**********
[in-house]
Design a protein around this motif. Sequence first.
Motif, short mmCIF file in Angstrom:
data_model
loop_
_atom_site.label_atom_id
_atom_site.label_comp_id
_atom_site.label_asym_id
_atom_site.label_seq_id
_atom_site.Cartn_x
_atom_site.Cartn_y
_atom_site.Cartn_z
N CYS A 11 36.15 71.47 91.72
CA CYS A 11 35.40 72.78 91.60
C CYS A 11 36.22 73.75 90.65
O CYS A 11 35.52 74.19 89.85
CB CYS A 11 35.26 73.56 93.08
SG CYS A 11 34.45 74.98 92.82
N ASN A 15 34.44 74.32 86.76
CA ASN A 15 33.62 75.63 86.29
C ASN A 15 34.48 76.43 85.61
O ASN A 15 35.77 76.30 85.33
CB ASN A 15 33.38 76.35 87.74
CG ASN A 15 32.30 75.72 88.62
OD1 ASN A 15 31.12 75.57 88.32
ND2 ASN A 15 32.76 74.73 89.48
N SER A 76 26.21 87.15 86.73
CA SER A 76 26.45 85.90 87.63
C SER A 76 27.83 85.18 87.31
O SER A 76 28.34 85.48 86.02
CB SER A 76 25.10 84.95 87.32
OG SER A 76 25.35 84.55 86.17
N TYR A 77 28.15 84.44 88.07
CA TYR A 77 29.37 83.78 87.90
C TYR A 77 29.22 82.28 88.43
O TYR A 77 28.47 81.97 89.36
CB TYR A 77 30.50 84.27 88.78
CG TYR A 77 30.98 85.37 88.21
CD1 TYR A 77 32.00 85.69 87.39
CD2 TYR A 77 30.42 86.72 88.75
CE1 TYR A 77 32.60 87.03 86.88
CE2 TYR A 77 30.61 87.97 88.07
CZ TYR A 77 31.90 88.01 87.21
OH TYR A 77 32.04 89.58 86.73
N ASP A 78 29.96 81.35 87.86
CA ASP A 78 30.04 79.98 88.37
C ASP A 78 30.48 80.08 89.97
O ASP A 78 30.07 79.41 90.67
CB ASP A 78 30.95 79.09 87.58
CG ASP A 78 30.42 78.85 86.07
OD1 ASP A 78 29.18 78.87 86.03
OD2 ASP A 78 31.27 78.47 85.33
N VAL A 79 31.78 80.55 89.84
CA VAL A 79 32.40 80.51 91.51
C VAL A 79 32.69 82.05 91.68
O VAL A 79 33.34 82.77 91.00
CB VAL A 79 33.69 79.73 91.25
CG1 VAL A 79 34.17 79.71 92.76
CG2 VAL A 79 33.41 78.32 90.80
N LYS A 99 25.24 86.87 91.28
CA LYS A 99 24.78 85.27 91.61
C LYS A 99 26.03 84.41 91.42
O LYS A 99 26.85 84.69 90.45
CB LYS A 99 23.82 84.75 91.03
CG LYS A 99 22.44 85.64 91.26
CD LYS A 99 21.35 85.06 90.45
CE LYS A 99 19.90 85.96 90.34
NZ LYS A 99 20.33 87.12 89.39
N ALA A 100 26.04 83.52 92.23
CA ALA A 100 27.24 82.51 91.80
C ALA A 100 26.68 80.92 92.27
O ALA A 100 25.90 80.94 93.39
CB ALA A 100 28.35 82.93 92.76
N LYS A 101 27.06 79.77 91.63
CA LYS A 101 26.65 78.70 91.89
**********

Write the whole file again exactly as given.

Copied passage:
[in-house]
Design a protein around this motif. Sequence first.
Motif, short mmCIF file in Angstrom:
data_model
loop_
_atom_site.label_atom_id
_atom_site.label_comp_id
_atom_site.label_asym_id
_atom_site.label_seq_id
_atom_site.Cartn_x
_atom_site.Cartn_y
_atom_site.Cartn_z
N CYS A 11 36.15 71.47 91.72
CA CYS A 11 35.40 72.78 91.60
C CYS A 11 36.22 73.75 90.65
O CYS A 11 35.52 74.19 89.85
CB CYS A 11 35.26 73.56 93.08
SG CYS A 11 34.45 74.98 92.82
N ASN A 15 34.44 74.32 86.76
CA ASN A 15 33.62 75.63 86.29
C ASN A 15 34.48 76.43 85.61
O ASN A 15 35.77 76.30 85.33
CB ASN A 15 33.38 76.35 87.74
CG ASN A 15 32.30 75.72 88.62
OD1 ASN A 15 31.12 75.57 88.32
ND2 ASN A 15 32.76 74.73 89.48
N SER A 76 26.21 87.15 86.73
CA SER A 76 26.45 85.90 87.63
C SER A 76 27.83 85.18 87.31
O SER A 76 28.34 85.48 86.02
CB SER A 76 25.10 84.95 87.32
OG SER A 76 25.35 84.55 86.17
N TYR A 77 28.15 84.44 88.07
CA TYR A 77 29.37 83.78 87.90
C TYR A 77 29.22 82.28 88.43
O TYR A 77 28.47 81.97 89.36
CB TYR A 77 30.50 84.27 88.78
CG TYR A 77 30.98 85.37 88.21
CD1 TYR A 77 32.00 85.69 87.39
CD2 TYR A 77 30.42 86.72 88.75
CE1 TYR A 77 32.60 87.03 86.88
CE2 TYR A 77 30.61 87.97 88.07
CZ TYR A 77 31.90 88.01 87.21
OH TYR A 77 32.04 89.58 86.73
N ASP A 78 29.96 81.35 87.86
CA ASP A 78 30.04 79.98 88.37
C ASP A 78 30.48 80.08 89.97
O ASP A 78 30.07 79.41 90.67
CB ASP A 78 30.95 79.09 87.58
CG ASP A 78 30.42 78.85 86.07
OD1 ASP A 78 29.18 78.87 86.03
OD2 ASP A 78 31.27 78.47 85.33
N VAL A 79 31.78 80.55 89.84
CA VAL A 79 32.40 80.51 91.51
C VAL A 79 32.69 82.05 91.68
O VAL A 79 33.34 82.77 91.00
CB VAL A 79 33.69 79.73 91.25
CG1 VAL A 79 34.17 79.71 92.76
CG2 VAL A 79 33.41 78.32 90.80
N LYS A 99 25.24 86.87 91.28
CA LYS A 99 24.78 85.27 91.61
C LYS A 99 26.03 84.41 91.42
O LYS A 99 26.85 84.69 90.45
CB LYS A 99 23.82 84.75 91.03
CG LYS A 99 22.44 85.64 91.26
CD LYS A 99 21.35 85.06 90.45
CE LYS A 99 19.90 85.96 90.34
NZ LYS A 99 20.33 87.12 89.39
N ALA A 100 26.04 83.52 92.23
CA ALA A 100 27.24 82.51 91.80
C ALA A 100 26.68 80.92 92.27
O ALA A 100 25.90 80.94 93.39
CB ALA A 100 28.35 82.93 92.76
N LYS A 101 27.06 79.77 91.63
CA LYS A 101 26.65 78.70 91.89